How to Add Linux SSH Key User

Home > Guides

This guide provides instructions on how to establish a new Ubuntu Linux user that can login with a private key. These steps assume the use of a Mac.


1. Create a key pair for the new user:


Create a key pair locally:

ssh-keygen -t rsa


Create a key pair on AWS

2. Place the generated private key in the local directory: ~/.ssh

3. Change to the .ssh directory

cd ~/.ssh

4. Set the permissions on the local key file:

chmod 400 GTKeyPairUser101.pem
5. Generate a public key from the private key:

ssh-keygen -y

6. Copy the public key text from the screen, place the text in a file ( and then place the file in the ~/.ssh directory.

7. Connect to the Ubuntu Linux system using ssh and admin credentials:

ssh -i AdminUserKeyFile.pem

8. Create the new user on the linux system:

@ubuntu$ sudo adduser new_user --disabled-password

9. Add the new user to the sudo group:

@ubuntu$ sudo usermod -aG sudo username

10. Change the security context to the new_user account so that folders and files you create will have the correct permissions:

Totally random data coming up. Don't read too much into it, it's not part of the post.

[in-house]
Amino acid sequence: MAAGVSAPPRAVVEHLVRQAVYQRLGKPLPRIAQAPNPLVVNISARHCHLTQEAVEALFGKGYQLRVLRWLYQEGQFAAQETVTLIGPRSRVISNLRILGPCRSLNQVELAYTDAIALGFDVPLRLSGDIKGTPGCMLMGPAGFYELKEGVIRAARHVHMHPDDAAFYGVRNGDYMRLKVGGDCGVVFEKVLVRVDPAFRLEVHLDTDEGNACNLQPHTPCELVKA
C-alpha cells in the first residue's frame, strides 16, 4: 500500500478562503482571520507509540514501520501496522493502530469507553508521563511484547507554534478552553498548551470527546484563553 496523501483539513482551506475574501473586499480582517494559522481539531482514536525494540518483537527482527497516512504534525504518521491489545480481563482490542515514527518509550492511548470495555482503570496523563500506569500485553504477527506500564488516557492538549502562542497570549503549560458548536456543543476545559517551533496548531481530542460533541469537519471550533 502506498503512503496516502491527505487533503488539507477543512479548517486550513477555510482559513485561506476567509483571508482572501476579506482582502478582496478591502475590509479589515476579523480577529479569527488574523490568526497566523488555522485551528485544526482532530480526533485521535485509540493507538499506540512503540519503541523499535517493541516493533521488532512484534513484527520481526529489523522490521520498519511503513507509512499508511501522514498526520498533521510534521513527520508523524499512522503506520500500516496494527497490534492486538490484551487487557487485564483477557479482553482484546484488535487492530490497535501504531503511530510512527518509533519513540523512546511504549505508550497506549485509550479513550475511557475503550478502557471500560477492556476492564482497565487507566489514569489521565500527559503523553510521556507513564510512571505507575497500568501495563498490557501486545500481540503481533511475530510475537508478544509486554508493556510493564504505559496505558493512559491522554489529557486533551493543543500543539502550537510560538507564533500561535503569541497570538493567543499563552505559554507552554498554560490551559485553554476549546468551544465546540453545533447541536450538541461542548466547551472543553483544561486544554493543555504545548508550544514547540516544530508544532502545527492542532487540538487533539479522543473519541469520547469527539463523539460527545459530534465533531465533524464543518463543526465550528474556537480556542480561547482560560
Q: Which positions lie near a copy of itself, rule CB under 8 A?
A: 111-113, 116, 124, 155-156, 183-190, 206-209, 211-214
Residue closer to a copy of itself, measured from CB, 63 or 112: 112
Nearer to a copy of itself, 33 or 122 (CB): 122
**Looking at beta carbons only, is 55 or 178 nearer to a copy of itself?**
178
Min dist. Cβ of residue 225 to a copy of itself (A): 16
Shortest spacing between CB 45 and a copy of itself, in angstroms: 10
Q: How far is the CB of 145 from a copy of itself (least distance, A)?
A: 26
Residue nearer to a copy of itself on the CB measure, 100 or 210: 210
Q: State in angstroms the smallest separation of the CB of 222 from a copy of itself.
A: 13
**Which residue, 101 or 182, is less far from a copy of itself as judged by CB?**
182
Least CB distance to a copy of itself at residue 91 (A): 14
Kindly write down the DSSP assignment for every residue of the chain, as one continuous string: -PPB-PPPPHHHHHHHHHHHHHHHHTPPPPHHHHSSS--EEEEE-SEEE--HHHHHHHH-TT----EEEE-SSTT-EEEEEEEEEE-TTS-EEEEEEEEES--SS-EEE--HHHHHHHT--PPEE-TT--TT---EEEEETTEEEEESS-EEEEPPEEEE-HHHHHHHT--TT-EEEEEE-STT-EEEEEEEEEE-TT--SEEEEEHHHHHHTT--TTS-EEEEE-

@ubuntu$ sudo su - new_user

11. Create an .ssh directory in the new_user home directory:

@new_user$ mkdir .ssh

12. Change the .ssh directory’s permissions to 700:

@new_user$ chmod 700 .ssh

13. Change into the .ssh directory:

@new_user$ cd .ssh

14. Create the authorized_keys file in the .ssh directory:

@new_user:~/.ssh$ touch authorized_keys
15. Change the authorized_keys file permissions to 600:

@new_user:~/.ssh$ chmod 600 authorized_keys

16. Run the Linux cat command in append mode:

@new_user:~/.ssh$ cat >> authorized_keys

17. Paste the public key into the authorized_keys file and then press Enter. Press Ctrl+d to exit cat.

18. Exit the new_user shell

@new_user$ exit

19. Edit the visudo file (Skip to step 21 if completed prior)

@ubuntu$ sudo visudo

Change this line:


To this:


20. Save and exit the editor.

21. Exit the Linux system

@ubuntu$ exit

22. Test logging into the new account on the linux system:

ssh -i GTKeyPairUser101.pem

23. Test that new user can act as sudo without a password:

@ubuntu$ sudo ls

Command should not require password.

24. Exit Linux systems:

@ubuntu$ exit

25. Enjoy.

Verified on Ubuntu 18.04